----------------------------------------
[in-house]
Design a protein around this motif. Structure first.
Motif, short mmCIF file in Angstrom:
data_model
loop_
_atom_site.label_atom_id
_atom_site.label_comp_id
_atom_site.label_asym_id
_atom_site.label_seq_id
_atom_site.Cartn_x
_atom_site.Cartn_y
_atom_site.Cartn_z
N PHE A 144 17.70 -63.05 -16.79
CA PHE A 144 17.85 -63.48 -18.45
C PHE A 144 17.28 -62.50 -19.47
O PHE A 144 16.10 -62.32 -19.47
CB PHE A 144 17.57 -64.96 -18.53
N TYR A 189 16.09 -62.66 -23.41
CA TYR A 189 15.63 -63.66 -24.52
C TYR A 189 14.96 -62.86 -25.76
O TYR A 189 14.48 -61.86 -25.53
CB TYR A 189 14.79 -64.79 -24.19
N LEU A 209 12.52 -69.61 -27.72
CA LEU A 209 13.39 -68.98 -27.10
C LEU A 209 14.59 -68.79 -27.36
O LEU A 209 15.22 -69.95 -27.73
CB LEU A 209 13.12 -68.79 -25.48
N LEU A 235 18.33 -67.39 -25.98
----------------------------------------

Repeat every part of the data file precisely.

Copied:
[in-house]
Design a protein around this motif. Structure first.
Motif, short mmCIF file in Angstrom:
data_model
loop_
_atom_site.label_atom_id
_atom_site.label_comp_id
_atom_site.label_asym_id
_atom_site.label_seq_id
_atom_site.Cartn_x
_atom_site.Cartn_y
_atom_site.Cartn_z
N PHE A 144 17.70 -63.05 -16.79
CA PHE A 144 17.85 -63.48 -18.45
C PHE A 144 17.28 -62.50 -19.47
O PHE A 144 16.10 -62.32 -19.47
CB PHE A 144 17.57 -64.96 -18.53
N TYR A 189 16.09 -62.66 -23.41
CA TYR A 189 15.63 -63.66 -24.52
C TYR A 189 14.96 -62.86 -25.76
O TYR A 189 14.48 -61.86 -25.53
CB TYR A 189 14.79 -64.79 -24.19
N LEU A 209 12.52 -69.61 -27.72
CA LEU A 209 13.39 -68.98 -27.10
C LEU A 209 14.59 -68.79 -27.36
O LEU A 209 15.22 -69.95 -27.73
CB LEU A 209 13.12 -68.79 -25.48
N LEU A 235 18.33 -67.39 -25.98